Apparently, the leaked classified information from the top nuclear lab in Los Alamos, NM which was found on a personal computer during a drug raid, was more sensitive than originally thought.
It isn't clear if the classified and sensitive information was shared with others.
From CBS News:
A federal official who has been briefed on the issue said at least three USB thumb-drives were involved. Those small storage drives contained 408 separate classified documents ranging in importance from Secret National Security Information (pertaining to intelligence) to Secret Restricted Data (pertaining to nuclear weapons).No word on the woman who worked at Los Alamos. But she is no longer employed, and was not found at the time of the drug raid.
All of the information came from the classified document video media vault inside the Lab. Federal officials also found 228 pages — printed front and back — of classified documents in the drug trailer during their investigation...
The woman believed to have taken the information — the owner of the trailer — worked in three classified vault rooms across Los Alamos:
# Safeguards and Security (relating to strategic nuclear material control and accountability)
# X-Division (top secret)
# Physics P-Division.
The woman had top secret "Q-clearance" with access to all the U.S. underground nuclear test data. Additionally, she had "Sigma 15" clearance, which allows her access to info on how to deactivate locks on nuclear weapons.
For example, if a terrorist steals an American nuclear weapon, he could not detonate it due to the special access controls. This woman is authorized to read the reports that tell how to get around those safety controls.
Only the FBI will be able to tell for sure what's on the thumb drives, but British security officials are worried that design plans for Trident nuclear weapons are among the stolen documents. They are making inquiries of U.S. officials. Britain used to test its nuclear weapons in the United States, and data on those tests may have been held at Los Alamos.
But as you can see, if a terrorist has a stolen nuke, they can now activate it. This is now an international event, with Britain on edge.
Hopefully, this turns out to be nothing more than a case of Los Alamos negligence/incompetence.
*Update* Commenter Bethdaley provided a link to a government oversight blog with more information:
The woman involved, Jessica Quintana, turned out to have worked in a total of three classified vaults or vault-type rooms across Los Alamos National Laboratory: Safeguards and Security Division (documents concerning the strategic nuclear material control and accountability program) in X-Division, and in Physics (P) division. According to the briefing obtained by Nuclear Watch, she also had a Sigma 15 identifier to her Q-clearance. Sigma 14 and 15 information is the most sensitive information in the nuclear weapons complex because it describes how to bypass the locks which prevent unauthorized individuals from detonating a nuclear weapon – known as the permissive actions links. After googling the name, I found this report:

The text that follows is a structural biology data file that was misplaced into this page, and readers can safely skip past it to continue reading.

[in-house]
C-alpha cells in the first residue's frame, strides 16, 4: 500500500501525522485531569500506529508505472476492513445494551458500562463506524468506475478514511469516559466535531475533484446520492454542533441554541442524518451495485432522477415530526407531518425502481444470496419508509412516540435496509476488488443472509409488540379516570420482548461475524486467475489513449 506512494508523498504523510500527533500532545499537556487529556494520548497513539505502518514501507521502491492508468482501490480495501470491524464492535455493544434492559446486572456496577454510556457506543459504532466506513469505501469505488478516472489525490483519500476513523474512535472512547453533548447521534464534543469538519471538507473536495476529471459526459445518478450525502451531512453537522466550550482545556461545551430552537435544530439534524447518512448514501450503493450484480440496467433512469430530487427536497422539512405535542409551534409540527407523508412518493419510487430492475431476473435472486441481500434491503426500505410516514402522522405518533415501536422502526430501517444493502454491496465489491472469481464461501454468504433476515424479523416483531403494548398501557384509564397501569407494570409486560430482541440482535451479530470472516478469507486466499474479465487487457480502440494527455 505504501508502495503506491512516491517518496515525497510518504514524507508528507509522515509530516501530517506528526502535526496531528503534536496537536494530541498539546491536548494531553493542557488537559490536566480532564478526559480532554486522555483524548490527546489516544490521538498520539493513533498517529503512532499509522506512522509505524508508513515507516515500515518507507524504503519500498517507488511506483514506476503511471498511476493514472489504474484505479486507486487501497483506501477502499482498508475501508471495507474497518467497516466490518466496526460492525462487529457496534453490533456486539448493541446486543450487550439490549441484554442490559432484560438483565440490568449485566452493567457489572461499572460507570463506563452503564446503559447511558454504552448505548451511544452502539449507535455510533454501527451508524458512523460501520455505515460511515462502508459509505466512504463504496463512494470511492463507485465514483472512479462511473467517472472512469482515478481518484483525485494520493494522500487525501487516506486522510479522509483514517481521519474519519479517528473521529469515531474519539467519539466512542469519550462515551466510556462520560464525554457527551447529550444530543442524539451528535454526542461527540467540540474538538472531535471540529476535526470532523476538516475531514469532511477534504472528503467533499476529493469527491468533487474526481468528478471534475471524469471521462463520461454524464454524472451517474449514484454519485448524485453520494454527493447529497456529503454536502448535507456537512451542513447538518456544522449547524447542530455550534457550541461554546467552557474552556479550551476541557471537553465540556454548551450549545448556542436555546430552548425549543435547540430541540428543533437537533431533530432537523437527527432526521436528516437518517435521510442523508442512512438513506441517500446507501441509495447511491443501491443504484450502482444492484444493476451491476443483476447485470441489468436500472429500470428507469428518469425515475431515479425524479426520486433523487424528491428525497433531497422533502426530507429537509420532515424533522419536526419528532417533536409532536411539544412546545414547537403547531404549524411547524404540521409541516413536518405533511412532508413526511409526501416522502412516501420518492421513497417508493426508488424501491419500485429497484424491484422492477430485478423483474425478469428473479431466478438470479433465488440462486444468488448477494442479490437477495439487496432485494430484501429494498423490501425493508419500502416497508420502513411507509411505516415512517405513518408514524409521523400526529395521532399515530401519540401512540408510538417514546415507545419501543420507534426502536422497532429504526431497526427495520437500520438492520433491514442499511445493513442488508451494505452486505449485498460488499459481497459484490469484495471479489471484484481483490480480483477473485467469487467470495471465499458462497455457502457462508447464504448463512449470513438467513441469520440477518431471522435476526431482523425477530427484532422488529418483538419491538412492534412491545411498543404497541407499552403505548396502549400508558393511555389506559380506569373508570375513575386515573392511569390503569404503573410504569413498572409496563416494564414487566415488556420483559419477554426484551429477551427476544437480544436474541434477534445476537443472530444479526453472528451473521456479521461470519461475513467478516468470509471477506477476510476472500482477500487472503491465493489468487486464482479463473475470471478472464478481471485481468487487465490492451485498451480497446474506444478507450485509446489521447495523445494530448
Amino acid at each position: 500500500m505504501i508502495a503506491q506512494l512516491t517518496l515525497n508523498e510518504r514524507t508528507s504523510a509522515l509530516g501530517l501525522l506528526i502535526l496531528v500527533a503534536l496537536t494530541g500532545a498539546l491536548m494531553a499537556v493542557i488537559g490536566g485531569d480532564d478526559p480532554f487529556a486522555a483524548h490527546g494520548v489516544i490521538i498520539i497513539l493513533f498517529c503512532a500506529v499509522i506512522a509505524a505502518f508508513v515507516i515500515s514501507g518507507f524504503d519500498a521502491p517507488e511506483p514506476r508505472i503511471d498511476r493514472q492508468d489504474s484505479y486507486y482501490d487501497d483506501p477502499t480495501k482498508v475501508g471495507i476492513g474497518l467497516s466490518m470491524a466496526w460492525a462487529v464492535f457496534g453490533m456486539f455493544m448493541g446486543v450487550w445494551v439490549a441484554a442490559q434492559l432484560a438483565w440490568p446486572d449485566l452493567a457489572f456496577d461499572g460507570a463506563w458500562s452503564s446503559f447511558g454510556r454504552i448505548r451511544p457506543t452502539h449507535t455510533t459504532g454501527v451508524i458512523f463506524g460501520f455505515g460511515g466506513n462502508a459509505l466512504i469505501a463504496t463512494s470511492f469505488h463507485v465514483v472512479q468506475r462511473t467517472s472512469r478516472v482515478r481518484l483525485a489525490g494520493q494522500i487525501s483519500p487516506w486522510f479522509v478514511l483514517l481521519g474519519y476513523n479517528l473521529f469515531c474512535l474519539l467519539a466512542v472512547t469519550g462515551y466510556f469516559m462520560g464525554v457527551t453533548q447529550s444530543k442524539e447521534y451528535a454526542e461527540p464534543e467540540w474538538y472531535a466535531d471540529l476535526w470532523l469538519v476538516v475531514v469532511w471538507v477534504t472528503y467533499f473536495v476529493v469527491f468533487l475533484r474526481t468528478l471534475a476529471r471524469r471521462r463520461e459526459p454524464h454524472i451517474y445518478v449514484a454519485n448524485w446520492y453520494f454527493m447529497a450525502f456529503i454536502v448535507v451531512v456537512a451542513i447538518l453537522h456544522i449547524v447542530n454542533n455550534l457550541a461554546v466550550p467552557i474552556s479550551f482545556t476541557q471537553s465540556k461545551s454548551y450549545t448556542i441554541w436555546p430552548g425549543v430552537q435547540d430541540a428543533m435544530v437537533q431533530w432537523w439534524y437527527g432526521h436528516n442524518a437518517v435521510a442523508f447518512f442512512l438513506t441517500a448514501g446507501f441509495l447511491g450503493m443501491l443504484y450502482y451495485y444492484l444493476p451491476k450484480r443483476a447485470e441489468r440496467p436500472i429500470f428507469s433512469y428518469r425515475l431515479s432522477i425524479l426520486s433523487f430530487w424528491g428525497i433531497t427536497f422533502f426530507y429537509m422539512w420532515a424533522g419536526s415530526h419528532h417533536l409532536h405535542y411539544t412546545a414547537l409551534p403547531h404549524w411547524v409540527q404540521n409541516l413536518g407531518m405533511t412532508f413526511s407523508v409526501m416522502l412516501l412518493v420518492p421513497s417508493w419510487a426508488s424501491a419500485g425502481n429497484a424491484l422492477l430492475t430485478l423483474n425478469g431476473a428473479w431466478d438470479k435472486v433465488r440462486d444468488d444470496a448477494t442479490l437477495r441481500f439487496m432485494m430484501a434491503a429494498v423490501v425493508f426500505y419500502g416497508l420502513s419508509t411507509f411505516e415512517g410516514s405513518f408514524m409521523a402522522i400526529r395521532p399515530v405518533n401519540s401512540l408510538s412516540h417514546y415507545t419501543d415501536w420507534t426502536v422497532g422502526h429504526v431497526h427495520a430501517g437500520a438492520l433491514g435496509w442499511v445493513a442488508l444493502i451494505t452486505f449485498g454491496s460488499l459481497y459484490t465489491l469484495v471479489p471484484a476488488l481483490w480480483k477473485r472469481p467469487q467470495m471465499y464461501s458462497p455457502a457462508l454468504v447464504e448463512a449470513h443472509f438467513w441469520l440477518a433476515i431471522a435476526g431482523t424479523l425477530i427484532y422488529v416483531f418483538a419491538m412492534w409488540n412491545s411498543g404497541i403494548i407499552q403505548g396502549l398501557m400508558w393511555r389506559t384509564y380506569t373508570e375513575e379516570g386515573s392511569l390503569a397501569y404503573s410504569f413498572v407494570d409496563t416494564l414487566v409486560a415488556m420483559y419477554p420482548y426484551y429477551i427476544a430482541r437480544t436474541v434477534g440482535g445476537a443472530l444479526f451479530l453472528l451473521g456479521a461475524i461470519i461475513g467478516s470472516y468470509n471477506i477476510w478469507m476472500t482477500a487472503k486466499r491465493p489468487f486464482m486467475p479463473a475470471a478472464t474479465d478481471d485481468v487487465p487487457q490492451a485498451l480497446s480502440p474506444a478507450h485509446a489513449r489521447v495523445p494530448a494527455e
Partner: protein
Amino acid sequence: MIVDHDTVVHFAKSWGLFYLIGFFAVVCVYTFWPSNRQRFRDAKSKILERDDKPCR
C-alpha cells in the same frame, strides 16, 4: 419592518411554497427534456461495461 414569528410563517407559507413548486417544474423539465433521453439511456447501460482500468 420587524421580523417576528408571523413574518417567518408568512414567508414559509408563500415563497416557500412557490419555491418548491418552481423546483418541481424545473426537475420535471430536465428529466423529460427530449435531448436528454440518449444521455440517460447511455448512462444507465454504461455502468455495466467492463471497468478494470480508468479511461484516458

She was not on the periodic urinary drug-testing program or in the Human Reliability Program because one of the primary criteria for the program is that the individual work with weapons-grade and weapons-quantity Special Nuclear Material, the briefing states.
The woman had worked off and on at Los Alamos since 2000 when she was in college as an undergraduate. Her job as a subcontractor was terminated because the Los Alamos contract to archive information ended last month.
...the home was owned by Jessica Quintana, a police report says. New Mexico motor vehicle records indicate a 22-year-old Jessica Quintana owns a mobile home at the same location.And this one with quotes from her lawyer:
Quintana was fired from a job at the Los Alamos Family YMCA on Monday, YMCA director Linda Daly said in an interview. Quintana worked there for two weeks in an after-school childcare position, Daly said. "We put her on suspension after we became aware of the drug bust at her home," Daly said.
Quintana has not been charged. A man who was renting a room at her home was jailed on drug and probation charges.Perhpas it's a simple mistake, but the fact that she walked out of the Lab with ease is unnerving.
Her lawyer, Stephen Aarons, told The Associated Press that the material included copies of front pages of various documents from the lab. Quintana, an archivist, had planned to use them to create an index of items she had converted to an electronic format, he said.
Aarons also said that one of the three portable computer storage drives contained lab-related material, but that the information wasn't transferred to another computer.
"It was downloaded, but it was never uploaded," Aarons said, adding that Quintana did not show the material to anyone.
The 22-year-old archivist took the material home in August because she faced a work deadline to create the index, then forgot about the documents, he said.
"Her intent was to destroy the hard copies, and she never did it," Aarons said.